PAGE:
Hyderabad: Roston Chase's experience of handling spinners back home was crucial in the West Indies' fightback on the first day of the second Test against India, said head coach Stuart Law.
Chase scored 100 on Day 2, his fourth overall and second against India.
"I think he understands spin. They face a lot of spin back in the Caribbean in domestic cricket. He has got a long reach and he takes half-a-stride and is there to the length of the crease. He uses that to his advantage, he is a clean striker of the ball," Law said.
Chase had once batted an entire day to score a hundred against India in Jamaica in a 2016 Test match. He frustrated Amit Mishra and Ravichandran Ashwin for six hours to earn a draw for his side.
"One thing he has got is that he loves fighting at the cricket ground. He does enjoy playing spin. He has worked hard against the pace and it's not a weakness any more. It has started becoming a strength.
"So once you have those both bases covered, coming to India, we expect to play a lot of spin. We are going from here to Bangladesh. We are going to face lot of spin over there, so it's good the boys are getting a taste of spin here as well, said the former Australia middle-order batsman.
"The great thing about coming to India is you get lot of net bowlers at most practice sessions and majority of those guys are spin. That's great learning curve for us.
Law spoke highly about Chase's ability to identify pressure situations and raise his game accordingly.
"Look he is a quality player. He has been a bit quiet since England and Zimbabwe. He has had reasonable success there but since then by his own standards he has been a bit quiet. He got a 100 in the series against India two years back and he obviously likes playing their type of bowling.
But Law admitted that Shardul Thakur's injury did make things easier for them as India were a bowler short.
"Today, India are under a bit of a pressure too with their young debutant getting injured. That put a lot of stress on the other quick as well. Chase has got a good temperament. He is a fantastic cricketer. He is not done yet, he has done a reasonable job today he still needs to finish it off tomorrow.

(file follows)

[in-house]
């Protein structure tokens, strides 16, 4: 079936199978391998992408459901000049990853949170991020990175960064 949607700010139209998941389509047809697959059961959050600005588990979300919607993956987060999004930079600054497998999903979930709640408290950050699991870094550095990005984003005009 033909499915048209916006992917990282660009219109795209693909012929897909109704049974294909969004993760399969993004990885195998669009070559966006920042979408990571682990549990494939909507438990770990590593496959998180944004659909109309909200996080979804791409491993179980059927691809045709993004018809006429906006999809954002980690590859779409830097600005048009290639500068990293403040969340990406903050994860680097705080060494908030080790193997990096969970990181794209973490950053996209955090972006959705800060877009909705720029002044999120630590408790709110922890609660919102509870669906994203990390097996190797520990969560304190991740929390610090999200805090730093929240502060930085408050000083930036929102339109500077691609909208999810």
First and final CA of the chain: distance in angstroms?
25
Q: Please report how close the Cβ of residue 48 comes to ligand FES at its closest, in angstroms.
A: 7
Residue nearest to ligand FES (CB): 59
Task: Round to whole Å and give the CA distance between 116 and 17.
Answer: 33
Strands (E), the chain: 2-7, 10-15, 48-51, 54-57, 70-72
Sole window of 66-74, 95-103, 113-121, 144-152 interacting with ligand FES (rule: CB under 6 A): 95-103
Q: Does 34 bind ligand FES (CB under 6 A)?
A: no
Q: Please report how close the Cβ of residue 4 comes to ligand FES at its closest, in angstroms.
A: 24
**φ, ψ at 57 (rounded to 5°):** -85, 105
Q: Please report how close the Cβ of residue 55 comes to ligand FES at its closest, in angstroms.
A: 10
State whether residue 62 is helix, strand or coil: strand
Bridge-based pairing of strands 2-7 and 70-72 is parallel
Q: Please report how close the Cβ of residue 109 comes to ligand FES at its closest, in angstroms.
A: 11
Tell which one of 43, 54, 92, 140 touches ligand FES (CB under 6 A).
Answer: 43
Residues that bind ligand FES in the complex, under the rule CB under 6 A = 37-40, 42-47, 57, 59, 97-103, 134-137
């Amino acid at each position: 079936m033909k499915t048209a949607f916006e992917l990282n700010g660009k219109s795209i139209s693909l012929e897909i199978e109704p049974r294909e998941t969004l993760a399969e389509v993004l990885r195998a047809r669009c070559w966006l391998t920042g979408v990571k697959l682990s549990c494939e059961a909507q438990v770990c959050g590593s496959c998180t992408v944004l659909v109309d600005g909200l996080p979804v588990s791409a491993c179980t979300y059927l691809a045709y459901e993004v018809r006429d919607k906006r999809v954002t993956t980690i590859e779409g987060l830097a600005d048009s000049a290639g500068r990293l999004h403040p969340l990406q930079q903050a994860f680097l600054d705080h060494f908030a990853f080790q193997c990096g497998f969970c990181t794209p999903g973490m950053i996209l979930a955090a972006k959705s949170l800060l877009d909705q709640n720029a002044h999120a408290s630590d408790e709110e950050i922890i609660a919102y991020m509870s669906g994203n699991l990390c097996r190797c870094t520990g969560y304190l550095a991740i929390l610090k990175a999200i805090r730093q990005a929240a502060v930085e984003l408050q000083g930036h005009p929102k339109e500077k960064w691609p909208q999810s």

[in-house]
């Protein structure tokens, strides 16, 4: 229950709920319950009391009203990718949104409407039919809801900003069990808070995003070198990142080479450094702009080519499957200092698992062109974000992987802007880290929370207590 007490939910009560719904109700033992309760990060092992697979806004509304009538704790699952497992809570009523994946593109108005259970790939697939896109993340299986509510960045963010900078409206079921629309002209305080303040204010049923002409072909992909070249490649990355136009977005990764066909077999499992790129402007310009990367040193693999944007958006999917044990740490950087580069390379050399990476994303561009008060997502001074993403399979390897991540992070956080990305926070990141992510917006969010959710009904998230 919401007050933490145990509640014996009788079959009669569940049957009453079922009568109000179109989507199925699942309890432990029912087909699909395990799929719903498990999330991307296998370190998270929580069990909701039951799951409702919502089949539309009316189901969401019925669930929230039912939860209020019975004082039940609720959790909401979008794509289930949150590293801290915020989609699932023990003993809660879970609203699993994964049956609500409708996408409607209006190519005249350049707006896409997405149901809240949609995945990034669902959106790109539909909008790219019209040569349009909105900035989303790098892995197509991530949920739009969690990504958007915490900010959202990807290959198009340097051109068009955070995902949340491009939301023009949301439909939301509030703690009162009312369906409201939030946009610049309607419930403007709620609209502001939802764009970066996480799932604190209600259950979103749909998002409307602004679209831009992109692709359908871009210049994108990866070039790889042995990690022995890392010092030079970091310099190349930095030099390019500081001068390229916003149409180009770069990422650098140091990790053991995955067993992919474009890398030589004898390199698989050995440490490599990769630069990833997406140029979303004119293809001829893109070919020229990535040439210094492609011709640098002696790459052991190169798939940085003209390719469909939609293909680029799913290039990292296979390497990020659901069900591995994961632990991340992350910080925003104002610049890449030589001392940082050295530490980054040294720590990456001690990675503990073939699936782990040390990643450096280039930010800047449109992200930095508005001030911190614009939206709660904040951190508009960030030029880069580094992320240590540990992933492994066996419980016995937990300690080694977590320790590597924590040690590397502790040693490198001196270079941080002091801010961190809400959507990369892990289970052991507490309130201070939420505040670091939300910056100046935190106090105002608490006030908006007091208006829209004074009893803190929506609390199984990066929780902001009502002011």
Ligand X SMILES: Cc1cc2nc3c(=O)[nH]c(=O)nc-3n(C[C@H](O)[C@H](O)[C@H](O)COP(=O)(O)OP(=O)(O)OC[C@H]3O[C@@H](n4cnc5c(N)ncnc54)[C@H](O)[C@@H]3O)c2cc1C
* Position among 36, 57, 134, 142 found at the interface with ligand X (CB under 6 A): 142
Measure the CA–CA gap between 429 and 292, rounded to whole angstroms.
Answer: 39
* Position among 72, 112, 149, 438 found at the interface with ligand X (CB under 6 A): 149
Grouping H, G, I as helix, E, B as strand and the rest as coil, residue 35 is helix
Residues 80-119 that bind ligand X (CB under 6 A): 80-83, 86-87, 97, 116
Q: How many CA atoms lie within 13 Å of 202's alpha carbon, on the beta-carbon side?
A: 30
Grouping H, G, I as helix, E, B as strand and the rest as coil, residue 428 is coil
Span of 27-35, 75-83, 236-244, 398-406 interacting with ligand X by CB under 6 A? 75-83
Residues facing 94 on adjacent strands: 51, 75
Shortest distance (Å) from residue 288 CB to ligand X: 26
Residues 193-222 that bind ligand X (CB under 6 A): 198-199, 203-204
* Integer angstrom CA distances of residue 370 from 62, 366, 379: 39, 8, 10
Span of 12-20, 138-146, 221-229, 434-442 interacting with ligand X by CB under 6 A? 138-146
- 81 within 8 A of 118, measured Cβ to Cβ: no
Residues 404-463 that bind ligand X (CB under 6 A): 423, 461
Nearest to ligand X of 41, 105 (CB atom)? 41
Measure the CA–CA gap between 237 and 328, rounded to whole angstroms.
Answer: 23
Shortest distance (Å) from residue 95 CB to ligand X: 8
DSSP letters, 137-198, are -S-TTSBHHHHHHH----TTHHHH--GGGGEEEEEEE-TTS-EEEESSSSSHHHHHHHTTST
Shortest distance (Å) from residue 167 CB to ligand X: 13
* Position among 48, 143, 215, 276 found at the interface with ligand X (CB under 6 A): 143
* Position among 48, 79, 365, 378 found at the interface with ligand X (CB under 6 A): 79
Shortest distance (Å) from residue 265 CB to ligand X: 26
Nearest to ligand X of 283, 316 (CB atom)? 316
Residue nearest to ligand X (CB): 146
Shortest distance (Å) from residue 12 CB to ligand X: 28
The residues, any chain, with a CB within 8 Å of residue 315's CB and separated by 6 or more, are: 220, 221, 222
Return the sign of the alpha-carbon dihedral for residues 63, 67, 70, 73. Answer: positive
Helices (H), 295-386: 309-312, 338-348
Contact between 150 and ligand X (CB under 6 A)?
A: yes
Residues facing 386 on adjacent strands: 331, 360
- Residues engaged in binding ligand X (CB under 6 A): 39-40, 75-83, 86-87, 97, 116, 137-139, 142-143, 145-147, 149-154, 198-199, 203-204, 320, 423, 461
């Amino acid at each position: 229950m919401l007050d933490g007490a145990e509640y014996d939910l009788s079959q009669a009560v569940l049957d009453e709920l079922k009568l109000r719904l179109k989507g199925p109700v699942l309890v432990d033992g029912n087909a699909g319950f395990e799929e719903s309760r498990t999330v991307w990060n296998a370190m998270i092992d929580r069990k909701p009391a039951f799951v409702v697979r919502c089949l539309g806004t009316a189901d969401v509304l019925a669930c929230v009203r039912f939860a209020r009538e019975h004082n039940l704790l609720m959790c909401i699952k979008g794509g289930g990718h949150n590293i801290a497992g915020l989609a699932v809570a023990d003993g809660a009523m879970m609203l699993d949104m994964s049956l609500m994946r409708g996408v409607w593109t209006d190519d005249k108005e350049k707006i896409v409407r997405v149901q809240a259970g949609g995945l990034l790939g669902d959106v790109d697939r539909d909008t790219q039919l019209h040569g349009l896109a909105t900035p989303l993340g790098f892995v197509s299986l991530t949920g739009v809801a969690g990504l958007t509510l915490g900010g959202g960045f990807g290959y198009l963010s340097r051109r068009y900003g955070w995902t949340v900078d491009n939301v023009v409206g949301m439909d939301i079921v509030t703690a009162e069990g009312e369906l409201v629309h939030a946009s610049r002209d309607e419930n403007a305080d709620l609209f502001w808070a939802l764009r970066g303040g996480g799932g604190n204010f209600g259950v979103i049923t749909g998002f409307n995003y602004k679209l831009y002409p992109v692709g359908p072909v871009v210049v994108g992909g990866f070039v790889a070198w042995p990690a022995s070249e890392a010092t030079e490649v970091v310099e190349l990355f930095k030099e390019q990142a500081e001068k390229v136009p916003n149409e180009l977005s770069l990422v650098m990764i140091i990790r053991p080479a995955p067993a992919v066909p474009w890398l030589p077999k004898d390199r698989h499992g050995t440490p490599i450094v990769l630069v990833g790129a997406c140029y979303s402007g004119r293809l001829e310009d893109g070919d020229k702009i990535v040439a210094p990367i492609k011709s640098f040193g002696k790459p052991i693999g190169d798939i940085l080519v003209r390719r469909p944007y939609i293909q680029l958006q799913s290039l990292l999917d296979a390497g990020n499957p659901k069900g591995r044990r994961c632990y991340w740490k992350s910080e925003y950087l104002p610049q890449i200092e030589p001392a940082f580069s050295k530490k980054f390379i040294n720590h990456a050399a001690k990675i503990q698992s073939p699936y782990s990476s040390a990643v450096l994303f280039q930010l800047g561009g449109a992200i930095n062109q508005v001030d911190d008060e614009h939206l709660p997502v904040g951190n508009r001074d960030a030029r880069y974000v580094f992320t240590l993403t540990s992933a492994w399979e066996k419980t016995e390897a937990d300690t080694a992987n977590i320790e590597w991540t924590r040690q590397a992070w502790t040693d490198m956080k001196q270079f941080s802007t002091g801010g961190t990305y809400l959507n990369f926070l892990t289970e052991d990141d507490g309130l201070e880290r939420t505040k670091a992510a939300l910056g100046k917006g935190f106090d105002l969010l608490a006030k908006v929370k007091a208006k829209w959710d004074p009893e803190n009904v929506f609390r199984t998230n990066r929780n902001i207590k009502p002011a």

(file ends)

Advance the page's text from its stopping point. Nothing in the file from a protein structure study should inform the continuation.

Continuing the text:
He also said his batsmen being tested against quality Indian spinners is ideal preparation for their upcoming tour of Bangladesh.
"Coming to India we expect to play a lot of spin ... we are going to face lot of spin over there (as well), so it's good the boys are getting a taste of spin here," Law told reporters in Hyderabad.
"It's a great learning curve for us and we try and get the dirtiest and dustiest pitches to bat against them so we did learn how to play spin," added Law, who has decided to give up the West Indies job after the Bangladesh series.
The Jason Holder-led West Indies will play five ODIs and three T20 matches in India before heading off to Bangladesh.
Law praised the West Indies, who drubbed the touring Bangladesh side 2-0 in July during a successful home season, for their cricketing talent and a bright future.
"The thing I have noticed at my time with the West Indies here is that there is lot of talent, not only in this team but also in the whole of cricket back in the Caribbean," said Law, who will coach English county side Middlesex from next season.
After brief stints in charge of Sri Lanka and Bangladesh, the 49-year-old took over the Windies' reins in January 2017 and led his team to a memorable Test victory over England at Headingley last summer.
With inputs from AFP